Of course, the question now is just how honest the new pope Francis was when he vowed to simplify and reform any shady dealings in the Vatican: because not even he likely has any idea just how deep this particular rabbit hole goes… or what will be revealed when the latest criminal thriller involving a priest, a banker and a spook reaches its climax.

I believe that Pope Benedict also tried to reform the Vatican Bank, or pretended to, at least. Perhaps the Vatican Bank is so mobbed up that firing everyone in charge of it wouldn’t work because of what would invariably come to light, things the Catholic Church cannot allow to be made public because of the damage it would do to them.

All my life I kept trying to go up in society. Where everything higher up was legal. But the higher I go, the crookeder it becomes.” – Michael Corleone in Godfather 3, which was about Vatican Bank corruption

Posted in Banksters

0.25% fine for money laundering $100 billion, no criminal prosecutions

slap_on_the_wrist

Apparently money laundering is a-ok if you’re a bankster. The penalties are a slap on the wrist and no criminal prosecutions. This is pathetic and an insult to Rule of Law and is really more like a protection racket by state and federal “regulators.” Bankers launder money, state and federal entities grab tiny piece of the profits,  the banks promise to do no evil yet admit little if any blame. Repeat as needed. Thus, by refusing to criminally prosecute, states and federal agencies are essentially complicit in and benefiting from the corruption. 

Top Japanese bank to pay $250M to NY regulators for laundering $100B, violating sanctions.

 

Posted in Banksters

Italy bans Vatican bank card payments due to money laundering

The vatican bank has been linked to criminality for decades

The Vatican bank has been linked to criminality for decades

Would it be too much for the Vatican to stop attacking gays and molesting children long enough to institute those anti-money laundering provisions at the Vatican Bank they’ve been promising they’ll get around to one of these decades? Apparently so.

Italian authorities have stopped all electronic payments inside the Vatican City after the Bank of Italy complained that it had failed to bring in new procedures to prevent money laundering.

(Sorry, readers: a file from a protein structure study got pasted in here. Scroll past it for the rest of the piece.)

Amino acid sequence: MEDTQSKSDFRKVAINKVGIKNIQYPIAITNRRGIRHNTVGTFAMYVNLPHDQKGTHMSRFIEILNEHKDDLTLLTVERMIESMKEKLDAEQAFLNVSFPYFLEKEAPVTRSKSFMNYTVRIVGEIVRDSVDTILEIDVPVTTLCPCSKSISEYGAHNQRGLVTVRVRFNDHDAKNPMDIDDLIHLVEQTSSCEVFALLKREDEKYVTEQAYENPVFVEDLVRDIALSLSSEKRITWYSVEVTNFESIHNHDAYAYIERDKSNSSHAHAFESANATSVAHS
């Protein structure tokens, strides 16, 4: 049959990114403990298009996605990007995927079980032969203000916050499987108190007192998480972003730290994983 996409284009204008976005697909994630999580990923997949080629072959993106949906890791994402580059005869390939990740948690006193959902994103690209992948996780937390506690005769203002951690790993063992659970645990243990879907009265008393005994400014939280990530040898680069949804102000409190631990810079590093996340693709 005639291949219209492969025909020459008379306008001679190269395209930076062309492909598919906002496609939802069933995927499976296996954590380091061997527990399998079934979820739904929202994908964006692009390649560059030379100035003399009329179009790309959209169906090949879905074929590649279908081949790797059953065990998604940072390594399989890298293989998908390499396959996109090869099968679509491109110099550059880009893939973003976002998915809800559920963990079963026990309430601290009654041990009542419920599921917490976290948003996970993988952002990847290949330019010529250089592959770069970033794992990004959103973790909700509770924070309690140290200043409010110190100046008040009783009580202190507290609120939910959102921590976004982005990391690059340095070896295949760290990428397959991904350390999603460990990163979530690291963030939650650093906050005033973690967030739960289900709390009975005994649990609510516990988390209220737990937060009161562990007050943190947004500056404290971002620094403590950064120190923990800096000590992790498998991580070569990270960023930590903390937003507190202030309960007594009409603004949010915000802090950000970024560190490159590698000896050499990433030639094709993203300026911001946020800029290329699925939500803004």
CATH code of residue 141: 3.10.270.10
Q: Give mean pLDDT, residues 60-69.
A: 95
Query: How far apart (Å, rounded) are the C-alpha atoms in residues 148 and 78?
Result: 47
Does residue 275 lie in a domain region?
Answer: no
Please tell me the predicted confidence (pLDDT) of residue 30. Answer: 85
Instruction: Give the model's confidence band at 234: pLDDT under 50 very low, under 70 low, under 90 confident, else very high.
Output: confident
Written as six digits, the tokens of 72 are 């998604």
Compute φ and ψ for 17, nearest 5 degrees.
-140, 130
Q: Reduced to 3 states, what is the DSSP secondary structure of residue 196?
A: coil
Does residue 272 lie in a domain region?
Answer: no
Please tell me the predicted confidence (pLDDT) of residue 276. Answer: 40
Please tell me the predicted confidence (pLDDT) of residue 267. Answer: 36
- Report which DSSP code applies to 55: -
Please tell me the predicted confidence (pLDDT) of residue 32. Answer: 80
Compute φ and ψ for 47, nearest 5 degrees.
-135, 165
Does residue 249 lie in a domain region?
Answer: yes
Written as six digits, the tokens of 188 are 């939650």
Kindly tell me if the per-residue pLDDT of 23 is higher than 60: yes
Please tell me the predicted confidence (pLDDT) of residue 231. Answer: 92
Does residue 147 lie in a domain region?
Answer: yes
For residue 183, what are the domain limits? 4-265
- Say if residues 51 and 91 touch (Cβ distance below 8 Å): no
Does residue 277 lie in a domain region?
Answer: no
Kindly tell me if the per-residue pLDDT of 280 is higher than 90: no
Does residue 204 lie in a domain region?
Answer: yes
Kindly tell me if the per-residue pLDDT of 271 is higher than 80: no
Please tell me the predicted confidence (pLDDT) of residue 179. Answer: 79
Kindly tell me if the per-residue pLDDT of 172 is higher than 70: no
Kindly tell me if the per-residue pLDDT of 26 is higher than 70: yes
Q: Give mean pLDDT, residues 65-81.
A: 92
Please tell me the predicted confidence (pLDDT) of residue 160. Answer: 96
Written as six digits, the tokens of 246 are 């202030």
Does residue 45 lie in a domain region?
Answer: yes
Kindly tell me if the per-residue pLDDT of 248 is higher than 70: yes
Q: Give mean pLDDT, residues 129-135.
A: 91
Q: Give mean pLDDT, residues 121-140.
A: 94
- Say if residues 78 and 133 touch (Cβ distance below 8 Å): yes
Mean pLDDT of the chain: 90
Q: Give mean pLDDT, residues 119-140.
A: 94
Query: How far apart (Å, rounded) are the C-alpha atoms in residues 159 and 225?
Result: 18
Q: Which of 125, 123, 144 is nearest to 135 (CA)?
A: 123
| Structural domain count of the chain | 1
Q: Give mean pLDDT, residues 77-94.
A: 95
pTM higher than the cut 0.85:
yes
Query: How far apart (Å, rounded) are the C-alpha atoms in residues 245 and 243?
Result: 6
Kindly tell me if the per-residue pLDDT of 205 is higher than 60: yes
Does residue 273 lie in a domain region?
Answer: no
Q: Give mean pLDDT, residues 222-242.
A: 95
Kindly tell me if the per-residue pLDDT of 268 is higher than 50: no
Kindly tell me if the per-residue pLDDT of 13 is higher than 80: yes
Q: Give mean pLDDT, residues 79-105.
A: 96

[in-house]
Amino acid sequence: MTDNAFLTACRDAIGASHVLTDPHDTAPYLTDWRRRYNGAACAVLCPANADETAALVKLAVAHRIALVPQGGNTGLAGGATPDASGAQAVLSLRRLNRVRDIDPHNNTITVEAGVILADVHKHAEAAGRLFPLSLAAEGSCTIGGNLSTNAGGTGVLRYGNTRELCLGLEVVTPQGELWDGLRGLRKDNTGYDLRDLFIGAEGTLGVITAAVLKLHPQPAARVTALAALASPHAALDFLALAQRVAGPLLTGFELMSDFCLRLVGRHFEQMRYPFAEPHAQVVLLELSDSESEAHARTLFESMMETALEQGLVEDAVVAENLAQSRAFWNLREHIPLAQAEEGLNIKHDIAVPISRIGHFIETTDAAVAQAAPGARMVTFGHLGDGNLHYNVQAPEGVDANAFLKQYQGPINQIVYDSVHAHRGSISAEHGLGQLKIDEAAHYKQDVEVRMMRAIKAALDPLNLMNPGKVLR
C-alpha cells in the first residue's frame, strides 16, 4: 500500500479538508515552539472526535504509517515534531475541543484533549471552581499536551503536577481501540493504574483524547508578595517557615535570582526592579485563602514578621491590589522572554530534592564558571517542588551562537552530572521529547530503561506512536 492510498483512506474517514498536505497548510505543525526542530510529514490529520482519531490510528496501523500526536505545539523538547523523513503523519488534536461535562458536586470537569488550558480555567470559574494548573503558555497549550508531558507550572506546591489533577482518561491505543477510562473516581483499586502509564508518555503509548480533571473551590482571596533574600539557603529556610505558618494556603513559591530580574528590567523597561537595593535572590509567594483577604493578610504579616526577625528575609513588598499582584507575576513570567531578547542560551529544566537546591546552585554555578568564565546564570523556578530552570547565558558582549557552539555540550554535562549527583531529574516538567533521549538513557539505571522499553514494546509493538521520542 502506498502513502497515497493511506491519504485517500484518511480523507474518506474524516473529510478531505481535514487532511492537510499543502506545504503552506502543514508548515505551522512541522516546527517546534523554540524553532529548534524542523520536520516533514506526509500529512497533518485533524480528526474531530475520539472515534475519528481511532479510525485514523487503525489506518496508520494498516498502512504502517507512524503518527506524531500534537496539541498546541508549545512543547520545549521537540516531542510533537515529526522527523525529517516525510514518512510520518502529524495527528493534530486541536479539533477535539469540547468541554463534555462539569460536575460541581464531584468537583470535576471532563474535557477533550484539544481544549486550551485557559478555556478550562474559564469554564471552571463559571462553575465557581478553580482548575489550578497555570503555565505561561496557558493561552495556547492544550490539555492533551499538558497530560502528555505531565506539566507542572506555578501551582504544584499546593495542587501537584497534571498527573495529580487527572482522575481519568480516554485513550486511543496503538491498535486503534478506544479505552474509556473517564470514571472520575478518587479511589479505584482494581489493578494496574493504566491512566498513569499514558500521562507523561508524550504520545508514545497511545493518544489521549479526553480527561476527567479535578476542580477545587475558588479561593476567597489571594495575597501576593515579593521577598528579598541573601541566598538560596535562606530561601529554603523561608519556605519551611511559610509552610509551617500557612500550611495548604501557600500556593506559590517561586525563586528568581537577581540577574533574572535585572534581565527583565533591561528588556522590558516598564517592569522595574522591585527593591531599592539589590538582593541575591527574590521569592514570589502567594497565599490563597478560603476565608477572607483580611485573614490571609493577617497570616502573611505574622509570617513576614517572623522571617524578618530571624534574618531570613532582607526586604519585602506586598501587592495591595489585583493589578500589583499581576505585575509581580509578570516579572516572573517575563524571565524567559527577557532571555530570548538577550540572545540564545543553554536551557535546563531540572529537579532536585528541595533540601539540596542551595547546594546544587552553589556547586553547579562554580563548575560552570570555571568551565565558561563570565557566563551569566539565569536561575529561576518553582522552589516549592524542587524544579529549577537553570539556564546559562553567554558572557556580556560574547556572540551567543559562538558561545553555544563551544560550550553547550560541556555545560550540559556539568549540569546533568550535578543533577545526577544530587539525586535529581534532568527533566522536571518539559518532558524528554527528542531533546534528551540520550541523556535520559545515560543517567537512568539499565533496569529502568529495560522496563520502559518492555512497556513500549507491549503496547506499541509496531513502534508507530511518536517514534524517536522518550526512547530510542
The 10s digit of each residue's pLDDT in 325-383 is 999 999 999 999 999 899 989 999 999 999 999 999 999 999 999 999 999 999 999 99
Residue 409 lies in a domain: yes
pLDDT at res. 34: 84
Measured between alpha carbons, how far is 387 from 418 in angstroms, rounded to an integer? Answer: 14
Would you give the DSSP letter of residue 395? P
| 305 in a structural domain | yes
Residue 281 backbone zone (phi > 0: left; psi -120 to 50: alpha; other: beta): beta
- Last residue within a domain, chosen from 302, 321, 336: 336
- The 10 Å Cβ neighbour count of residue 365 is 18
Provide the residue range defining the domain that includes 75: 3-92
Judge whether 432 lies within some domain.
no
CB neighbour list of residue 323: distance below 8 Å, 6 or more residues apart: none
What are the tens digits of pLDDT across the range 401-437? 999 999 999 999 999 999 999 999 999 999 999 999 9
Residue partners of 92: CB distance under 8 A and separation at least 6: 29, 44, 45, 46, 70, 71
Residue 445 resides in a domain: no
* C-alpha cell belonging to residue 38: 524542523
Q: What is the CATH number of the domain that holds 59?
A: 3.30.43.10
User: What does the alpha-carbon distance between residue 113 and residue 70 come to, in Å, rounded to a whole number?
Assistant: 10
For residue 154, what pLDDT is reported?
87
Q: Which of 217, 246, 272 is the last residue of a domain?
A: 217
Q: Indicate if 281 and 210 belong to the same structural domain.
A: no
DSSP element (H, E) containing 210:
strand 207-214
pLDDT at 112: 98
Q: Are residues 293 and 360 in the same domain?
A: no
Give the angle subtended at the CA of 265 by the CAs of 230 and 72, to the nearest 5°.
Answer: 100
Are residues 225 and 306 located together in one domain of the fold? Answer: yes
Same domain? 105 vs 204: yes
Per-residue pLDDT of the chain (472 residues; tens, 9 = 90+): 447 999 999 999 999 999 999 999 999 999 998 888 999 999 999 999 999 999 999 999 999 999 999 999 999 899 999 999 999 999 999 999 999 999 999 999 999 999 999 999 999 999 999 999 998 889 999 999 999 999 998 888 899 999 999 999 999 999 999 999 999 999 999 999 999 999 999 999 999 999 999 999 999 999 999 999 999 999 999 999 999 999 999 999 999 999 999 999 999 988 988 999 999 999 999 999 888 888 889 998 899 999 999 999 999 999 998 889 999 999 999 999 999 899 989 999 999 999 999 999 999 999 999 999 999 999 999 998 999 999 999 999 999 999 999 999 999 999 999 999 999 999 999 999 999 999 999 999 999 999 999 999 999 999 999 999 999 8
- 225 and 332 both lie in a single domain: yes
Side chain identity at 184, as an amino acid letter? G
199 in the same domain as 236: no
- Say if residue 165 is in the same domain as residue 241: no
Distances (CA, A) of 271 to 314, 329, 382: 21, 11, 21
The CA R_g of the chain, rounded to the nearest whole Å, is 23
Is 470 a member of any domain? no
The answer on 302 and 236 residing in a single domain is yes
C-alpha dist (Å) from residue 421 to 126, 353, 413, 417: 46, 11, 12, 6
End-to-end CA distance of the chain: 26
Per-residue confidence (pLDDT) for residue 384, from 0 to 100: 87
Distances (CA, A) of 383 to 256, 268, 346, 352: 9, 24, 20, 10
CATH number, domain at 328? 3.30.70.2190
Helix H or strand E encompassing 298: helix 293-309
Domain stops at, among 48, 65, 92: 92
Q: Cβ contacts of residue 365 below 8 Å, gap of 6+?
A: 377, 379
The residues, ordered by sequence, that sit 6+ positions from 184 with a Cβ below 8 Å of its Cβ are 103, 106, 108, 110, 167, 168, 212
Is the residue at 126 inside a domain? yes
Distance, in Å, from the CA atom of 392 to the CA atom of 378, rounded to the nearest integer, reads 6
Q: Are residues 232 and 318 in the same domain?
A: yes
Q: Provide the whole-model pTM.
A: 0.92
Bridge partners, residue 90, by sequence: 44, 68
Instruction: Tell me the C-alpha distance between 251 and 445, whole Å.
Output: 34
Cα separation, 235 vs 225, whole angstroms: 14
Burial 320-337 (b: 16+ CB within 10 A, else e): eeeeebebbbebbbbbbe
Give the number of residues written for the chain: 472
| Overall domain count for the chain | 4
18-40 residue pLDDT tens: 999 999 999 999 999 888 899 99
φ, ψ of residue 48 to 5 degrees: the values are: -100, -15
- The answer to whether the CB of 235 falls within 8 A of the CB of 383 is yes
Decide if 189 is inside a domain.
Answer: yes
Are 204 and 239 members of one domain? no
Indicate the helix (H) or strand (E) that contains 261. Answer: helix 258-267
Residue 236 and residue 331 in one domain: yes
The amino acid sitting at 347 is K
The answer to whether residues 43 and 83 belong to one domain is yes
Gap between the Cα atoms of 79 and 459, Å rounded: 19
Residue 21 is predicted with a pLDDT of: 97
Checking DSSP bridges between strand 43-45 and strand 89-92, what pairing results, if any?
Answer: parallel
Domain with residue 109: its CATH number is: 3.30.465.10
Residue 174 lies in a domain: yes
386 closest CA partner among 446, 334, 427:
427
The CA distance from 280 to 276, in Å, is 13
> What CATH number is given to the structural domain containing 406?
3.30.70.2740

Given that the Vatican often lectures the rest of us about what the proper morality is, you might expect they’d be right on this and implement the anti-money laundering rules. You’d be wrong. The response of the Vatican is that they’ll look for another way to do the payments and that this bothersome problem would be “short-lived.”

Involvement by the Vatican Bank in illegality has been going on for quite some time and was the primary topic of Godfather III.

When we were discussing the money laundering allegations at the Vatican Bank and the $1.2 billion the Vatican bank embezzled from Banco Ambrosiano, Freddy mentioned the movie Godfather 3. Seemingly that movie ties in the murder of Pope John Paul I with the bank scandal.

Paul Marcinkus was an American archbishop of the Roman Catholic Church. He was best known for his tenure as President of the Vatican Bank from 1971 through 1989. He was also involved with Michele Sindona, who had links with the Mafia.

Posted in News

Zeta drug money finances Helbollah

Hezbollah profits from US drug market via Mexico cartel

Beirut bank seen as a hub of Hezbollah’s drug money financing

What if we scrubbed Wachovia like we did the Lebanese Canadian Bank?

Indeed.

Posted in News

Egypt has now imprisoned more banksters than the US

Egypt’s former interior minister, Habib el-Adli, was sentenced to 12 years in prison for profiteering and money laundering, the state-run Nile News reported.

When will there be criminal indictments against banksters who launder money here? Wachovia got a slap on the wrist fine for laundering drug cartels billions. Yet no one went to prison.

Posted in News

Small bank exec indicted for money laundering. No big banks yet

The vice chairman of SunFirst Bank, a small bank with four branches in southern Utah, was released from jail Monday after surrendering his passport. He will stand trial on federal money laundering charges for using the bank to process money from online poker sites in exchange for a $10 million investment in the bank and a $20,000 “consulting fee.”

Sue says this is proof positive that little banks will be prosecuted on criminal charges for money laundering while big banks that laundered hundreds of billions for drug cartels get slap on the wrist fines and no criminal indictments.

Incidentally, the SunFirst website looks like it was built by 12 yo with no design sense and prominently displays their foreclosed property.  In contrast to other banks in the area that have been in existence for decades, SunFirst popped out of nowhere a few years ago and has offices in mobile trailers.

Those with accounts at SunFirst should consider getting their money out now. It’s doubtful a tiny bank can survive the indictment of an executive for money laundering.  How many other small banks are handling money for online poker sites (or drug cartels)?

Posted in Banksters, News